“I am convinced that what we lack today to confirm the value creation potential of the industrial biotechnology are concrete examples of investments to construct real industrial operations that are profitable and that create manufacturing jobs.
So all national and European initiatives – co-investment, easing of regulatory procedures, tax incentives, etc. – that will facilitate risk-taking in the industrial phase will be welcomed to demonstrate the industrial biotechnology’s potential and accelerate its development”. To say it – in this interview with Il Bioeconomista – is Benjamin Gonzalez, founder and CEO of METabolic EXplorer, a French green chemistry company that develops and patents innovative, fermentation-based industrial processes. Waiting for EFIB, the European Forum for Industrial Biotechnology and the Bioeconomy – which will take place next October 27-29 in Brussels – Il Bioeconomista will host a series of interviews with CEOs, who will be guest speakers in Brussels. Today we offer the second, after the first with Ilkka Hämälä, CEO of Metsä Fibre, published last 21 August.
Interview by Mario Bonaccorso
How important is industrial biotechnology to support the development of your company?
The mission of METabolic EXplorer (METEX) is to innovate with the objective of speeding up the transition from fossil-based chemistry to biological chemistry while creating value for all its partners.
Our innovations are based on industrial fermentation processes and designed to provide new ways of producing chemicals that have known uses and well-established value chains.
We can therefore say that METEX’s raison d’être is industrial biotechnology. METEX’s development is highly dependent on industrial partnerships with other players who want to find new ways to produce molecules that are obtained today through usual petrochemical processes; or to further develop plant-based production processes; or to replace petrochemical compounds with biobased ones, particularly in the nutrition and cosmetics fields.
This will not be possible unless industrial biotechnology is cost competitive. Competitiveness is very dependent on the cost of raw materials and the performance of products made with biological processes. For example, independent studies show that the nutritional performance of bio-based L-Methionine exceeds that of the petrochemical DL-Methionine currently in use.
France and Spain have announced their strategic plan for the bioeconomy by the end of the year. How important are – from your point of view as CEO of an important bioeconomy player – national plans to promote the development of the bioeconomy?
I do not know about Spain, but France has set up effective programmes for financing the research and development phases of industrial biotechnology projects.
I am convinced that what we lack today to confirm the value creation potential of the industrial biotechnology are concrete examples of investments to construct real industrial operations that are profitable and that create manufacturing jobs. So all national and European initiatives – co-investment, easing of regulatory procedures, tax incentives, etc. – that will facilitate risk-taking in the industrial phase will be welcomed to demonstrate the industrial biotechnology’s potential and accelerate its development.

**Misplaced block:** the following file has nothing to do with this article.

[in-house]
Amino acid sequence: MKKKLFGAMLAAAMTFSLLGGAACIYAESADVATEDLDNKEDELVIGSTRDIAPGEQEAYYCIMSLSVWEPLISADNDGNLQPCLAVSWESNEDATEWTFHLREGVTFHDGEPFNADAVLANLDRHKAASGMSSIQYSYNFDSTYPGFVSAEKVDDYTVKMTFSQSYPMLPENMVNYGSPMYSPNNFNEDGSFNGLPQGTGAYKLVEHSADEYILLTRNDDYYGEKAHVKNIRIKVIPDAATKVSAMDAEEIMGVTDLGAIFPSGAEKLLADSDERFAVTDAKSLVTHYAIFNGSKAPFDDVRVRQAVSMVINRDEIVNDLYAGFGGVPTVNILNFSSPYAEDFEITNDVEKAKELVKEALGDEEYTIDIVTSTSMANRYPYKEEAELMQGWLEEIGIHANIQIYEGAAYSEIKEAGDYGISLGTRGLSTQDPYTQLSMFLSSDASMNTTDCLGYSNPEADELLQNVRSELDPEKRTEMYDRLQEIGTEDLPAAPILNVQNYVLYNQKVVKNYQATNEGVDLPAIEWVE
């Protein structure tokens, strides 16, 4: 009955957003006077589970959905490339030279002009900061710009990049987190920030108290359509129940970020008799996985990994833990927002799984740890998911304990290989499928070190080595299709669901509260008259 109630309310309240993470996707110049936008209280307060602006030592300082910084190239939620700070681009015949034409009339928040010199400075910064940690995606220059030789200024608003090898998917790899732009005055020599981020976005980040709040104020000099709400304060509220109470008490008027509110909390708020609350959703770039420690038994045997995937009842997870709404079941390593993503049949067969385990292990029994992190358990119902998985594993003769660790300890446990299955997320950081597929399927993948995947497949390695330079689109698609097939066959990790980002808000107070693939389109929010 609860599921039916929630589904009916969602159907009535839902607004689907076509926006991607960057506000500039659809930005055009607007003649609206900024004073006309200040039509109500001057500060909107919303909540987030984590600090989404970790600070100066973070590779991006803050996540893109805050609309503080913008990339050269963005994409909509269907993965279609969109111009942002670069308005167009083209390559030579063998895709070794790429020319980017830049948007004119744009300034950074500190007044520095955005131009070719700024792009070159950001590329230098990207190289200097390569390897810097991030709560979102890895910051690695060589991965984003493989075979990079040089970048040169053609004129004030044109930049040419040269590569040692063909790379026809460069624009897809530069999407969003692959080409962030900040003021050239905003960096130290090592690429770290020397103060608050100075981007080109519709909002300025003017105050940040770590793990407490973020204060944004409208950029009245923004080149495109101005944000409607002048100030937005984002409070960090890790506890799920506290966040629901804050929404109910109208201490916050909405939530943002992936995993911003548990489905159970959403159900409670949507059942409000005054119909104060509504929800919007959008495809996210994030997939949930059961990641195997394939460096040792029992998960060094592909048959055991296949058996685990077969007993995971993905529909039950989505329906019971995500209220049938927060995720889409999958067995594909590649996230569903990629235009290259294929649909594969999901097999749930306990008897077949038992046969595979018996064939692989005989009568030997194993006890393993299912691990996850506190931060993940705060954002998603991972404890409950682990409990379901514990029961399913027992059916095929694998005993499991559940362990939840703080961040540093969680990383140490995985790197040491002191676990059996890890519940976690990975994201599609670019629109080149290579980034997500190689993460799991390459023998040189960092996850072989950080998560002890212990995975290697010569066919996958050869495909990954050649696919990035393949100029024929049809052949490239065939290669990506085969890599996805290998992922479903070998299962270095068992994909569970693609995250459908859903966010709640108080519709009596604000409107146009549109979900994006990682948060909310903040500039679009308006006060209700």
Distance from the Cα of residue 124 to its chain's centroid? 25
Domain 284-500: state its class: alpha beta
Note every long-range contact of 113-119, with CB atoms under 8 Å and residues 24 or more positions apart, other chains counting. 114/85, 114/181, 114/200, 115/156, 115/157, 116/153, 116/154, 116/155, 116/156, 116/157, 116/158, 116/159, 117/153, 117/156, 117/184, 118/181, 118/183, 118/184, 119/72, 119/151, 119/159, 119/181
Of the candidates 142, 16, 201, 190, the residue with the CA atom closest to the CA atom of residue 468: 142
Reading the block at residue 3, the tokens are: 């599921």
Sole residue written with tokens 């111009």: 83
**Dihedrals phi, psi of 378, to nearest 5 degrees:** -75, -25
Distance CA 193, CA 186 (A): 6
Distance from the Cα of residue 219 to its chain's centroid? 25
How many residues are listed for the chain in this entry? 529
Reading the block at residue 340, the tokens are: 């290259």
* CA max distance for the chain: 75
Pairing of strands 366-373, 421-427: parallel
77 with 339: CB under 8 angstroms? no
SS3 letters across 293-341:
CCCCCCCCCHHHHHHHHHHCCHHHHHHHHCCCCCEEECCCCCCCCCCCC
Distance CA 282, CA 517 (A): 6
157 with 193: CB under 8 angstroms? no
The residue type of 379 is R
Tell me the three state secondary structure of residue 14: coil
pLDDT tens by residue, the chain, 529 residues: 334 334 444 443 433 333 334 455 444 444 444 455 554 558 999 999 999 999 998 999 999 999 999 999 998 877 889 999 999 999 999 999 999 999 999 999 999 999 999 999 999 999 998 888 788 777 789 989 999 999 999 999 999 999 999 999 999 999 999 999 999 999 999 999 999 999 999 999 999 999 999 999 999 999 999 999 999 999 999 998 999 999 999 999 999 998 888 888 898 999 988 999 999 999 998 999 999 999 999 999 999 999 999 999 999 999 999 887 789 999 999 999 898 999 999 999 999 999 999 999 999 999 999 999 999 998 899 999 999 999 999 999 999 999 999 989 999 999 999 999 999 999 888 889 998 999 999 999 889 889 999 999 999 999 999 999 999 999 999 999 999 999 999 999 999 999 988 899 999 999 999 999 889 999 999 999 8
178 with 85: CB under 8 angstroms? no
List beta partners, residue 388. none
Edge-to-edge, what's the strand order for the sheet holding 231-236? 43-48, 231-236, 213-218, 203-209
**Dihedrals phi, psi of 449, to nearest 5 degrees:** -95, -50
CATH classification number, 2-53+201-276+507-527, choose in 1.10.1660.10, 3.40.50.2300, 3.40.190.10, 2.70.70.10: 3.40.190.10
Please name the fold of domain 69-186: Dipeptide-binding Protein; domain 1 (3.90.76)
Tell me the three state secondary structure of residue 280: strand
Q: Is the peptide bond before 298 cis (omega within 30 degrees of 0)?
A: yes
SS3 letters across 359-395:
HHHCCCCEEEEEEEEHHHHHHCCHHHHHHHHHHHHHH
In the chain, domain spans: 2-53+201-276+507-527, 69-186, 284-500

Europe, Asia, America. Where is it better to invest today for a bioeconomy company?
For R&D, France is a good country because we have skilled human resources and because R&D investments are eligible for a research tax credit of as much as 30%.
For the industrial phase, investments can theoretically be made anywhere there is sugar. Practically speaking, however, that is not enough. Sugar is necessary, but the sugar must be available easily and at a competitive cost. That is why one important focus of innovation in the company is the diversification of the raw materials we use in our processes.In seeking greater competitiveness through the diversification of raw materials, METEX has licenced a PDO manufacturing process using raw glycerine to SK Chemicals for a plant in South Korea, partnered with UPM to develop an MPG process using cellulosic sugars in a European industrial project, and engaged in talks with companies in Asia, Europe, and North and South America concerning the production of L-Methionine from glucose.
What measures are still needed in the European Union to foster the development of the bioeconomy?
With the measures introduced in the Bio Based Industries (BBI) programme, Europe has begun an initiative that is pointed in the right direction. METEX’s MPG programme is also benefiting from its participation in the ValChem collaborative project. Any measure aimed at encouraging risk-taking in the industrial phase would be a good idea to demonstrate the potential of industrial biotechnology and accelerate its development.
Last, from the regulatory standpoint, it would be desirable to see more rules limiting the use of petrochemical products in human and animal nutrition when there are equivalent biological products.
In October you will participate to EFIB. What are your goals?
To give METEX a higher profile in the leading European conference in the field of industrial biotechnology and above all to meet current and future METEX partners in order to work together to develop the bioeconomy.